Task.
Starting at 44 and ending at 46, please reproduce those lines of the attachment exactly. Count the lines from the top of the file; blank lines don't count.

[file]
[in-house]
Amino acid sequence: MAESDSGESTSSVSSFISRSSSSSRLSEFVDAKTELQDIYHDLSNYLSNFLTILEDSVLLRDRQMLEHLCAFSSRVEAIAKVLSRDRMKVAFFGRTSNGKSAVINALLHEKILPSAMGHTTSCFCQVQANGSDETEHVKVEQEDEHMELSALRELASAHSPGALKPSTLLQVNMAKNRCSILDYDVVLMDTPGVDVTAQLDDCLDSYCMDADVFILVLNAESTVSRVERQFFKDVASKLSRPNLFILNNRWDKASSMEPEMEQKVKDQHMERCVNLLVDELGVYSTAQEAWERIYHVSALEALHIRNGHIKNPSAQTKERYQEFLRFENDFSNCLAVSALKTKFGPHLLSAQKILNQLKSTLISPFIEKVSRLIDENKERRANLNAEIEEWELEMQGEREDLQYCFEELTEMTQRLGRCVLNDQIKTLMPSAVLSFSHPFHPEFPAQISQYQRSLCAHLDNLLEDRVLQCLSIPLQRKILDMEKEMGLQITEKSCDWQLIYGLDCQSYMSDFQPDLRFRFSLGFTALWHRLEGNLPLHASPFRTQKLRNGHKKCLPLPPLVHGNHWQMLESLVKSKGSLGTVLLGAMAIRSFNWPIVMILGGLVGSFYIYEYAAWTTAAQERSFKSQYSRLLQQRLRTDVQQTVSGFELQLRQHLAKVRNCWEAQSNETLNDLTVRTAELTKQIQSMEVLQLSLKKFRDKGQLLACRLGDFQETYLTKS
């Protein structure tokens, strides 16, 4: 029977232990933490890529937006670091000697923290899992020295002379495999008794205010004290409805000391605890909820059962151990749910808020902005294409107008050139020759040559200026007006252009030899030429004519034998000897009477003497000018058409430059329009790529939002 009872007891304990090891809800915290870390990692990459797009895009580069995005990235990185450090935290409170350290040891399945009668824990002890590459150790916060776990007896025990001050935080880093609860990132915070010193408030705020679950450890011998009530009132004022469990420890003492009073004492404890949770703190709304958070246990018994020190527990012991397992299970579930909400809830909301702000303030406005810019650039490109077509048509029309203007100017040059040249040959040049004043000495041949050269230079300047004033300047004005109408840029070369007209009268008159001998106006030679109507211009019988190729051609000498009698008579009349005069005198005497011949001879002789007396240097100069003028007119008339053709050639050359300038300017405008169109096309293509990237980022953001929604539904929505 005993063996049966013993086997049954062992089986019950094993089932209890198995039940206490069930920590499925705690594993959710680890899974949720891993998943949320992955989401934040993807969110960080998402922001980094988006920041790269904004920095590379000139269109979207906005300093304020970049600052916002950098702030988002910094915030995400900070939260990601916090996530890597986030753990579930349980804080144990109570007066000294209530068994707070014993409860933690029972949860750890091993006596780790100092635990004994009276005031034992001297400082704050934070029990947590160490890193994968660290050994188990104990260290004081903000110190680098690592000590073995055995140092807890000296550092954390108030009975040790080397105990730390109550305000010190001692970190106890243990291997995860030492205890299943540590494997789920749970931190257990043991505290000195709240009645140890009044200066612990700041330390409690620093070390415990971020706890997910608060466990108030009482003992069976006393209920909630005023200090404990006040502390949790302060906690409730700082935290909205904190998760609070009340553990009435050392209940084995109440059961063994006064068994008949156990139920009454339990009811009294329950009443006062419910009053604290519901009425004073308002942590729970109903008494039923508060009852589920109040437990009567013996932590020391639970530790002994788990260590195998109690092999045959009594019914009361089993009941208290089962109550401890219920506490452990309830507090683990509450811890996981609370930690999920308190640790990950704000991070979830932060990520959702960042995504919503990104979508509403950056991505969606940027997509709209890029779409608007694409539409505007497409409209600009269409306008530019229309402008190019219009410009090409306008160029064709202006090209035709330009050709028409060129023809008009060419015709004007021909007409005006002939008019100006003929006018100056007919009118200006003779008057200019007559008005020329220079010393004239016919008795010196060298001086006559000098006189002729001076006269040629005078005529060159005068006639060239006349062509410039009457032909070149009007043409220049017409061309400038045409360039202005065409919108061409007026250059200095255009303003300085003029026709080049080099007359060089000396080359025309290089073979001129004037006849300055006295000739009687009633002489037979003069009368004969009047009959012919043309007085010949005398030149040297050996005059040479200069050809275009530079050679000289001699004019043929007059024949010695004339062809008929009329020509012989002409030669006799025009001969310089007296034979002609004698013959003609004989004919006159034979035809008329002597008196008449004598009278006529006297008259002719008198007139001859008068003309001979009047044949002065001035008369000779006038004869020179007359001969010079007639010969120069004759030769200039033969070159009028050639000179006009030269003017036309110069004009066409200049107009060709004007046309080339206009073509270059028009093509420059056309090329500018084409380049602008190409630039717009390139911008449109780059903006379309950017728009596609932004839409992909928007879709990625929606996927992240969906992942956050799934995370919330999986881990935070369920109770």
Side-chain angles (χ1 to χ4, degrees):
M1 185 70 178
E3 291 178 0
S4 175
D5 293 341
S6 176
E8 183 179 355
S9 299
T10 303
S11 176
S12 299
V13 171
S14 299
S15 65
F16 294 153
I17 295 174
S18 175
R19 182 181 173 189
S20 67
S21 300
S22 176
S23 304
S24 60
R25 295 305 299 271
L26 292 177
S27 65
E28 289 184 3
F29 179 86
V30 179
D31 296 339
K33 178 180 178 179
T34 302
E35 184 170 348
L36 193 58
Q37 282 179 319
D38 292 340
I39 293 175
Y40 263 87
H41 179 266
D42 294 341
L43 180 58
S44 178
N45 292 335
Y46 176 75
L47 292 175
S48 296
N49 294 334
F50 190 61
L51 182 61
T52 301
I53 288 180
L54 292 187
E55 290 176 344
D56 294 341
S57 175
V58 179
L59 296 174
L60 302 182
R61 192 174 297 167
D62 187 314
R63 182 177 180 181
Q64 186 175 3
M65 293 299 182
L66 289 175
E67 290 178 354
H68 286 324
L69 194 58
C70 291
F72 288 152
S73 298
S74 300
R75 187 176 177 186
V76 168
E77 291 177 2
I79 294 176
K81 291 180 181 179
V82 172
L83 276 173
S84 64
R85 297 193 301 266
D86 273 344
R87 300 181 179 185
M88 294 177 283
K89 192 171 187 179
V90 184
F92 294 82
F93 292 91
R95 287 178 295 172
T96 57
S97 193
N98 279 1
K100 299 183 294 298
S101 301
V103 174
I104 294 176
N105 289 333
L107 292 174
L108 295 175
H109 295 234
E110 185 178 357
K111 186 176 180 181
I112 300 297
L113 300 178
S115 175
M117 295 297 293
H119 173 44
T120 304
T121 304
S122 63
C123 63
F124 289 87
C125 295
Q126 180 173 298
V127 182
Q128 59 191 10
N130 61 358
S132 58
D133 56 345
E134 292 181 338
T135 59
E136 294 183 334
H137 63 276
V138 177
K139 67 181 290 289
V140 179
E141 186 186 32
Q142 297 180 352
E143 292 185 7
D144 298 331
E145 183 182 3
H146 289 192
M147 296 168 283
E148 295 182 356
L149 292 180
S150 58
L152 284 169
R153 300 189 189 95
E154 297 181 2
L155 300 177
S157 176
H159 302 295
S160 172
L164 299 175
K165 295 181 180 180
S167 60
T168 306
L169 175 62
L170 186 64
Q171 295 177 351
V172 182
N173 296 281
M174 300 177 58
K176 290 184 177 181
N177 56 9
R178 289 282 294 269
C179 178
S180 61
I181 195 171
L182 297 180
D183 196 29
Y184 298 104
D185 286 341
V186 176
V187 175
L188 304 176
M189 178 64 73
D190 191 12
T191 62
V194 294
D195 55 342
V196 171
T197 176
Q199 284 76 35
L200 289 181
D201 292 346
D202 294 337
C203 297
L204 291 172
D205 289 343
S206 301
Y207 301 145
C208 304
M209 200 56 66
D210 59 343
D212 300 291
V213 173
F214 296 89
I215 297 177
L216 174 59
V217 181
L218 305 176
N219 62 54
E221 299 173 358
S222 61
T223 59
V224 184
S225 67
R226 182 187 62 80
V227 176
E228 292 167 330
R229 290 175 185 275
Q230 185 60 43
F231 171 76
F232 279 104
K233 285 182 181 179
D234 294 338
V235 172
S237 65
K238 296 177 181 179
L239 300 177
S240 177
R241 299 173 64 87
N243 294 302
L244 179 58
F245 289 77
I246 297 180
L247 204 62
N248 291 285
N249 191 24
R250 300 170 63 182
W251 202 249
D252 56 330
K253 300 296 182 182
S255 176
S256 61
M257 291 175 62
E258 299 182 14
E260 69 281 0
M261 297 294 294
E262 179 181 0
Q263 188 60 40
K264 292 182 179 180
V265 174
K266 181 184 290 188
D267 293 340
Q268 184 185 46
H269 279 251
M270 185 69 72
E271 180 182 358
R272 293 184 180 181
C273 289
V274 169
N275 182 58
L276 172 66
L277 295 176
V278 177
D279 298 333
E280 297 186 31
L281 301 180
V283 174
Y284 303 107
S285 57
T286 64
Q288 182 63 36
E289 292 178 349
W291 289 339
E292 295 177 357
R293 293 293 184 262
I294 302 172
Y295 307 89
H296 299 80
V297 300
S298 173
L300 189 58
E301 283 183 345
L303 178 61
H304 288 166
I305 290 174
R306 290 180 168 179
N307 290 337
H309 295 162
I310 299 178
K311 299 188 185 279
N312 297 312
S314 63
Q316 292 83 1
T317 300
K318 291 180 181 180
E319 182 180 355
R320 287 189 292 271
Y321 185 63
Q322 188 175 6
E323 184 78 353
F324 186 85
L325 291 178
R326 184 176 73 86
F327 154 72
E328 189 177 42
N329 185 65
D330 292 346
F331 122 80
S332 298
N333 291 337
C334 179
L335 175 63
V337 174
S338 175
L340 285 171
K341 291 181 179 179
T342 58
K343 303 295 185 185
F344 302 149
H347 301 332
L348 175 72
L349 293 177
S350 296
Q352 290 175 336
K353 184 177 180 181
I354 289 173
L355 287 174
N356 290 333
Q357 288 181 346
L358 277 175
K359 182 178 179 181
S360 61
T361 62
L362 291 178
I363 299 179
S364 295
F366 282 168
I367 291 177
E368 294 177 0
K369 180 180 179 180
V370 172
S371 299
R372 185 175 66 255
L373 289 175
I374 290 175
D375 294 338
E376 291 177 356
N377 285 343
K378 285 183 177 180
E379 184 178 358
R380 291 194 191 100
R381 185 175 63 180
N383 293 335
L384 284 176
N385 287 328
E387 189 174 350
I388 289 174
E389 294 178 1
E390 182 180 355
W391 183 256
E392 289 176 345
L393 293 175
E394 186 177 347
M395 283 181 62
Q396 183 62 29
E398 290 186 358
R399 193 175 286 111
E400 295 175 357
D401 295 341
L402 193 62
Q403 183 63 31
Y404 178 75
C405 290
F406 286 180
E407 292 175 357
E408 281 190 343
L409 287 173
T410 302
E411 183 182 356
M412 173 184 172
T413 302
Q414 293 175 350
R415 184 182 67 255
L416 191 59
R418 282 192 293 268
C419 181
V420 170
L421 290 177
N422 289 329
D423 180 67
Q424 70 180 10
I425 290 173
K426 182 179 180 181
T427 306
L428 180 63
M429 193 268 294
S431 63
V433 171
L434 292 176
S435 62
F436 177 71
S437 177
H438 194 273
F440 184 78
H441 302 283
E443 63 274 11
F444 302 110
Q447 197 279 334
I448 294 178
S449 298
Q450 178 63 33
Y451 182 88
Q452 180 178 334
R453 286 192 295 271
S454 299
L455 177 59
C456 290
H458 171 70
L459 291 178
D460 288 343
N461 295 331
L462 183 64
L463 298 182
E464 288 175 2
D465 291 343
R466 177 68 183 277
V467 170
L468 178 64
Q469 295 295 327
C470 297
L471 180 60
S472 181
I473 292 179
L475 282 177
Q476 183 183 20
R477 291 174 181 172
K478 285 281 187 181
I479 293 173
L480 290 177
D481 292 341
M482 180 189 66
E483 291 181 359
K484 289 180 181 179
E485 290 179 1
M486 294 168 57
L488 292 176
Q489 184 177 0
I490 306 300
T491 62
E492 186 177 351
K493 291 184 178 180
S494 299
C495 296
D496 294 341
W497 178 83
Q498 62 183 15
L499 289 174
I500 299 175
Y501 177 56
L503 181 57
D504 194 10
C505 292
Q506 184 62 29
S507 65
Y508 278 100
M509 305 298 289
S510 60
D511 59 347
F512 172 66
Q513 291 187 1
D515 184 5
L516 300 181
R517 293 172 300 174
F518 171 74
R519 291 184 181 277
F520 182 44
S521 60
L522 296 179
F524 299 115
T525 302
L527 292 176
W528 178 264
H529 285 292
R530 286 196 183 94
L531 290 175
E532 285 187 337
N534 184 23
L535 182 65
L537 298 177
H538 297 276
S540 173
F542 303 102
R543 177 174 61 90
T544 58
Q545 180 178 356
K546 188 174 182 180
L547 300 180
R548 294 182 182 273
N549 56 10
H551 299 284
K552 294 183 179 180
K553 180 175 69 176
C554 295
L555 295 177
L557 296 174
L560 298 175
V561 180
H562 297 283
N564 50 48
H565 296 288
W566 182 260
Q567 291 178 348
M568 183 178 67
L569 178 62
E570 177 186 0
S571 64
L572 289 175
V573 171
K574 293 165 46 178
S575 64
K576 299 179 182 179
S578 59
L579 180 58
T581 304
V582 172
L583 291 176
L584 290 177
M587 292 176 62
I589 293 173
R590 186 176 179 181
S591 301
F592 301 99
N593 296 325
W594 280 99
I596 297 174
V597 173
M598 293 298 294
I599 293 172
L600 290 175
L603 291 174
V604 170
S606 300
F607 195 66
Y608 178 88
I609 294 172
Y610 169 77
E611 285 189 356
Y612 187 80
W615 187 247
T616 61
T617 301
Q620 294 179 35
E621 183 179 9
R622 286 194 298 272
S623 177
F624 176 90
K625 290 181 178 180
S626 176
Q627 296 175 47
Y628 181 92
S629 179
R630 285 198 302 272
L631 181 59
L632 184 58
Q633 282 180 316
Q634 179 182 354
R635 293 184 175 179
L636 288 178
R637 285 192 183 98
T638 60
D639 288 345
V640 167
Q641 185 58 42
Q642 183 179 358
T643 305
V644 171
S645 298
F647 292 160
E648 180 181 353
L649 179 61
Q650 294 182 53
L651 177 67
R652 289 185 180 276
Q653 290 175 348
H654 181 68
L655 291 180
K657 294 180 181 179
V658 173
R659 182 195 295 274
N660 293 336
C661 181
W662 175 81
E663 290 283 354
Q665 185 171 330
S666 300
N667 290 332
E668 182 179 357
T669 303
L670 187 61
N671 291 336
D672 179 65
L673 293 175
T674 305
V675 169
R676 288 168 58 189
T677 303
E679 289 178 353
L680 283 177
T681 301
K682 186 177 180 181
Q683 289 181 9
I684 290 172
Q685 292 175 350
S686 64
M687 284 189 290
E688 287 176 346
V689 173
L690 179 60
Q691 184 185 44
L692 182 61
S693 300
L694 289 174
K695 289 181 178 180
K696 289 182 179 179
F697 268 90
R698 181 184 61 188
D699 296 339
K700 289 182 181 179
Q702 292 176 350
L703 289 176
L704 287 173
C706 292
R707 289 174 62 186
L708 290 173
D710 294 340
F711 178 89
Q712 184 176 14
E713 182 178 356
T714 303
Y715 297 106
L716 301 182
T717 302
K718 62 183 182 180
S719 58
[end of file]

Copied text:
L43 180 58
S44 178
N45 292 335